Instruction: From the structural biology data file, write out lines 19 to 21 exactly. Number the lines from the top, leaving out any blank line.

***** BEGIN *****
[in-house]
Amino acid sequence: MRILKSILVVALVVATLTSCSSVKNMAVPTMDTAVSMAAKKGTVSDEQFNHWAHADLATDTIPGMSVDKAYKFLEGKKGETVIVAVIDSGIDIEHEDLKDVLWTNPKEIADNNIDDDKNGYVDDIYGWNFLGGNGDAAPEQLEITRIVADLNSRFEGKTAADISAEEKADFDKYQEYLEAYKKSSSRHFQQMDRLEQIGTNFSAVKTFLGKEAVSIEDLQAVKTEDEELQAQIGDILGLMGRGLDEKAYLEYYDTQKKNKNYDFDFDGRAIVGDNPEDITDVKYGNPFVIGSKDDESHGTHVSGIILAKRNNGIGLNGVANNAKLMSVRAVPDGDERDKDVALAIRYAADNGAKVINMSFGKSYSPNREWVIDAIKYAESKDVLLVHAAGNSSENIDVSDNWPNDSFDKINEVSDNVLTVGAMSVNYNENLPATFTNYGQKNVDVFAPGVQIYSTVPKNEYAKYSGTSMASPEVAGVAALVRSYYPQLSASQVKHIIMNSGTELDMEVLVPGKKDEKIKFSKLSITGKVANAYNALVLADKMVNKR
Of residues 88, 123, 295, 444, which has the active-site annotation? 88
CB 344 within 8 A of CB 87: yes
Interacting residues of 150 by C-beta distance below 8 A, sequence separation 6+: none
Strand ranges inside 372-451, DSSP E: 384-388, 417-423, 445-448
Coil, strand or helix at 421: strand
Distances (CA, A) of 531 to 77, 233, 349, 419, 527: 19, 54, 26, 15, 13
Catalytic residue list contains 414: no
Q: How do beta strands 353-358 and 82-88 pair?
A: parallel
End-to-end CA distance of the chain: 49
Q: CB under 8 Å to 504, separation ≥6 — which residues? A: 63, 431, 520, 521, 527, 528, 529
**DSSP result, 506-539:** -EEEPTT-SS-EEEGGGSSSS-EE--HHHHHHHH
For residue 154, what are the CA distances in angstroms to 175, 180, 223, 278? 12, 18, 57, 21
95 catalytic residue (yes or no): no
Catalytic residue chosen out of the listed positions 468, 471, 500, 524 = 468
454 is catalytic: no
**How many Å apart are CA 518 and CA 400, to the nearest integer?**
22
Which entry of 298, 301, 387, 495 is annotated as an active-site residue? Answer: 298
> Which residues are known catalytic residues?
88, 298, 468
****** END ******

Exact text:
**How many Å apart are CA 518 and CA 400, to the nearest integer?**
22
Which entry of 298, 301, 387, 495 is annotated as an active-site residue? Answer: 298